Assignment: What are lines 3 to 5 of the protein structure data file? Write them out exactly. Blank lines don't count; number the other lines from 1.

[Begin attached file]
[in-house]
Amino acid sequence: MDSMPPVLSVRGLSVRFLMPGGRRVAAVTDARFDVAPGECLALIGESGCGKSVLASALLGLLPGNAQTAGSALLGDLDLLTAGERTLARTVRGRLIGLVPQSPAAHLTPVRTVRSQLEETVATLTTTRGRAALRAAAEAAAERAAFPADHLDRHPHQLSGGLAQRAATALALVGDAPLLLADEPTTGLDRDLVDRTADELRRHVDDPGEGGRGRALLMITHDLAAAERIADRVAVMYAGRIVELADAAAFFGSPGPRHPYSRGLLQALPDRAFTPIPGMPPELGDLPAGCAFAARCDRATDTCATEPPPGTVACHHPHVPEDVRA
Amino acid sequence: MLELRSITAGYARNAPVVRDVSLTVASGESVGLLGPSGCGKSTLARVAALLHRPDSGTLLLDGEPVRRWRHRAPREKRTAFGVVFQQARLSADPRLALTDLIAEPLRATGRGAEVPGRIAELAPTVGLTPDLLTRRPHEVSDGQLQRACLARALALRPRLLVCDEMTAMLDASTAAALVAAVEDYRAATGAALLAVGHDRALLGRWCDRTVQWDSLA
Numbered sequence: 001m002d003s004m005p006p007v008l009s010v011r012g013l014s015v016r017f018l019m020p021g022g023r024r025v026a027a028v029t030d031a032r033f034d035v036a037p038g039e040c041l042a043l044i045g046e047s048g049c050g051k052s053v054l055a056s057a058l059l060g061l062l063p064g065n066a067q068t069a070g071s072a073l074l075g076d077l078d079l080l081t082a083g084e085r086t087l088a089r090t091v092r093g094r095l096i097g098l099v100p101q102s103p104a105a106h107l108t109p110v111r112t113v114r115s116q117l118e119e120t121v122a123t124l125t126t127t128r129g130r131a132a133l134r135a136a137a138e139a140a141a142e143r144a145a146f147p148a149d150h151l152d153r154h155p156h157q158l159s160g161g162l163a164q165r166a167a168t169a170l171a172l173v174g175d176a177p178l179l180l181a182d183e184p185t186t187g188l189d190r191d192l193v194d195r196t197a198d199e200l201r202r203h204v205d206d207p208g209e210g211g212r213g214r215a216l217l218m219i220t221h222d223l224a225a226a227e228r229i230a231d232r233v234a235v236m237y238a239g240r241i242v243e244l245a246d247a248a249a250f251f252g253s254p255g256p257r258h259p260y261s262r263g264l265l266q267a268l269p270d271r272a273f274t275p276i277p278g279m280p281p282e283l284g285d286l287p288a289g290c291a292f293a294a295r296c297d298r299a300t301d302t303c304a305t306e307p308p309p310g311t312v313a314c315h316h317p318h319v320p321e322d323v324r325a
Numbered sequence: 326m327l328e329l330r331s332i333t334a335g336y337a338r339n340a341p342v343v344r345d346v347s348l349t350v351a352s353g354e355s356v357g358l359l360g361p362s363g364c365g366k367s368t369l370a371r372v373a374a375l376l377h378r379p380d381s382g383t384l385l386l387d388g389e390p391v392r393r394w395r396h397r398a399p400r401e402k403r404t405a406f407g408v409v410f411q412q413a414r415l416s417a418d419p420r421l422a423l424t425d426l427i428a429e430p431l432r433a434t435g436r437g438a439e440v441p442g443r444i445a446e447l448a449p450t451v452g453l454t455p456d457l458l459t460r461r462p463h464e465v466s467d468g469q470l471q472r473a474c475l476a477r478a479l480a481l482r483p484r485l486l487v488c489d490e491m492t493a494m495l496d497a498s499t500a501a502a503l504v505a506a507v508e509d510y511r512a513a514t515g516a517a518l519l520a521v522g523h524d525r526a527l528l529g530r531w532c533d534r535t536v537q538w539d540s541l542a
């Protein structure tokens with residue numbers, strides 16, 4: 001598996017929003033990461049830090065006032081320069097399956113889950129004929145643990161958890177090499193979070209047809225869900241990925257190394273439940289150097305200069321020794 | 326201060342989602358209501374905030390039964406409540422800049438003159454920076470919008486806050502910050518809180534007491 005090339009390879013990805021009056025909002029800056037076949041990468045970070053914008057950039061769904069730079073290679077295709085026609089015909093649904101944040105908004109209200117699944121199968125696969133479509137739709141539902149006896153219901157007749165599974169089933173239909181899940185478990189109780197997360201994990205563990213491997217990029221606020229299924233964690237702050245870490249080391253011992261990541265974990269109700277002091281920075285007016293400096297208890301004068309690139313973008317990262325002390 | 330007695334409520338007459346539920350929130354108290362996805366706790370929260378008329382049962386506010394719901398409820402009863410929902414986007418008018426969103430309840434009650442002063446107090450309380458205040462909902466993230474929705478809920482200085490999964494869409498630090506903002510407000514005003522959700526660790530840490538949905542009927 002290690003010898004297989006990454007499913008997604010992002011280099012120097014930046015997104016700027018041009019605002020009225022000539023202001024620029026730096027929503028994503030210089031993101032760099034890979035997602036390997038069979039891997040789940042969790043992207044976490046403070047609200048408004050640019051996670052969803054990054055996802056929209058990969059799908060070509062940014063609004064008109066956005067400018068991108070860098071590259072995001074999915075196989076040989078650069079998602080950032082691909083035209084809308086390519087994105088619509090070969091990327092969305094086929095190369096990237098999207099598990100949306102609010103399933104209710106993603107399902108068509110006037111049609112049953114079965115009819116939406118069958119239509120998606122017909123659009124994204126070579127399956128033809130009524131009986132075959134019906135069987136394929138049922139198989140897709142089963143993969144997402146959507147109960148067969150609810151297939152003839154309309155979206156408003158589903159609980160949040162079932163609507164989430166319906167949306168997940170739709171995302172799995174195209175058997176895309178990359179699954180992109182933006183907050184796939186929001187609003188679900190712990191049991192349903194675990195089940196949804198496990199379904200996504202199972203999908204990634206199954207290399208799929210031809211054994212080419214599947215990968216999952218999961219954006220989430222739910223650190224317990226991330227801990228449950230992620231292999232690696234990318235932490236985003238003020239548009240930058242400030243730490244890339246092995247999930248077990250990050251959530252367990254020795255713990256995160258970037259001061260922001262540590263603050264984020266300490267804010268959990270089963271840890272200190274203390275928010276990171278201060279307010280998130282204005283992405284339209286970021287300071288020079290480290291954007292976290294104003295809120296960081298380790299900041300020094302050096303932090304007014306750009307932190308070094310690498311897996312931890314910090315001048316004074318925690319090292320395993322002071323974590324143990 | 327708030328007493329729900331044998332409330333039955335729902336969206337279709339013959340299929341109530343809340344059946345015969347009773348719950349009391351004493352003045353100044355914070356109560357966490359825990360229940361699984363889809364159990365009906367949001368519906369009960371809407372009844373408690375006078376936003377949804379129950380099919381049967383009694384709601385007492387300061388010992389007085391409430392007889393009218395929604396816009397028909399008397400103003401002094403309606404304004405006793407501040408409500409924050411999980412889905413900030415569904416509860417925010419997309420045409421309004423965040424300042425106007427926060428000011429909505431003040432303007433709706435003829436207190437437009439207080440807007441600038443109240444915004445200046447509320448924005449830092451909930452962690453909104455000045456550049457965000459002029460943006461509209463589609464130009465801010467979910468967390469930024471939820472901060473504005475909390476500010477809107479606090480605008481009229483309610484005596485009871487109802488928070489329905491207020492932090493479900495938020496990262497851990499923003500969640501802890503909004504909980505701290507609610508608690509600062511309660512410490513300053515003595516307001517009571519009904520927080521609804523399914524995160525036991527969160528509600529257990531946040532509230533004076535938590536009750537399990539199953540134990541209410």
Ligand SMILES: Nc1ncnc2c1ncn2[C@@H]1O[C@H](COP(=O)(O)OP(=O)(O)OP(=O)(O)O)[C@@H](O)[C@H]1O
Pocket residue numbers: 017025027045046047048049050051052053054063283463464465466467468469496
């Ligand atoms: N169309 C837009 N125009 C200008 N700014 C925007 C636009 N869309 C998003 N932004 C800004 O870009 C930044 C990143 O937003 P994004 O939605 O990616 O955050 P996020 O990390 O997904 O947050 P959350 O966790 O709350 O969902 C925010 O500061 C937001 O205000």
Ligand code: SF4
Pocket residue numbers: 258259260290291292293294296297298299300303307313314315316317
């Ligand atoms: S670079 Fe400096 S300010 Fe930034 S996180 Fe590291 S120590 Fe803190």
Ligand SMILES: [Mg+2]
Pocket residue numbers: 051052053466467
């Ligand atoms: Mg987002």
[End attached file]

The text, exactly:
Amino acid sequence: MLELRSITAGYARNAPVVRDVSLTVASGESVGLLGPSGCGKSTLARVAALLHRPDSGTLLLDGEPVRRWRHRAPREKRTAFGVVFQQARLSADPRLALTDLIAEPLRATGRGAEVPGRIAELAPTVGLTPDLLTRRPHEVSDGQLQRACLARALALRPRLLVCDEMTAMLDASTAAALVAAVEDYRAATGAALLAVGHDRALLGRWCDRTVQWDSLA
Numbered sequence: 001m002d003s004m005p006p007v008l009s010v011r012g013l014s015v016r017f018l019m020p021g022g023r024r025v026a027a028v029t030d031a032r033f034d035v036a037p038g039e040c041l042a043l044i045g046e047s048g049c050g051k052s053v054l055a056s057a058l059l060g061l062l063p064g065n066a067q068t069a070g071s072a073l074l075g076d077l078d079l080l081t082a083g084e085r086t087l088a089r090t091v092r093g094r095l096i097g098l099v100p101q102s103p104a105a106h107l108t109p110v111r112t113v114r115s116q117l118e119e120t121v122a123t124l125t126t127t128r129g130r131a132a133l134r135a136a137a138e139a140a141a142e143r144a145a146f147p148a149d150h151l152d153r154h155p156h157q158l159s160g161g162l163a164q165r166a167a168t169a170l171a172l173v174g175d176a177p178l179l180l181a182d183e184p185t186t187g188l189d190r191d192l193v194d195r196t197a198d199e200l201r202r203h204v205d206d207p208g209e210g211g212r213g214r215a216l217l218m219i220t221h222d223l224a225a226a227e228r229i230a231d232r233v234a235v236m237y238a239g240r241i242v243e244l245a246d247a248a249a250f251f252g253s254p255g256p257r258h259p260y261s262r263g264l265l266q267a268l269p270d271r272a273f274t275p276i277p278g279m280p281p282e283l284g285d286l287p288a289g290c291a292f293a294a295r296c297d298r299a300t301d302t303c304a305t306e307p308p309p310g311t312v313a314c315h316h317p318h319v320p321e322d323v324r325a
Numbered sequence: 326m327l328e329l330r331s332i333t334a335g336y337a338r339n340a341p342v343v344r345d346v347s348l349t350v351a352s353g354e355s356v357g358l359l360g361p362s363g364c365g366k367s368t369l370a371r372v373a374a375l376l377h378r379p380d381s382g383t384l385l386l387d388g389e390p391v392r393r394w395r396h397r398a399p400r401e402k403r404t405a406f407g408v409v410f411q412q413a414r415l416s417a418d419p420r421l422a423l424t425d426l427i428a429e430p431l432r433a434t435g436r437g438a439e440v441p442g443r444i445a446e447l448a449p450t451v452g453l454t455p456d457l458l459t460r461r462p463h464e465v466s467d468g469q470l471q472r473a474c475l476a477r478a479l480a481l482r483p484r485l486l487v488c489d490e491m492t493a494m495l496d497a498s499t500a501a502a503l504v505a506a507v508e509d510y511r512a513a514t515g516a517a518l519l520a521v522g523h524d525r526a527l528l529g530r531w532c533d534r535t536v537q538w539d540s541l542a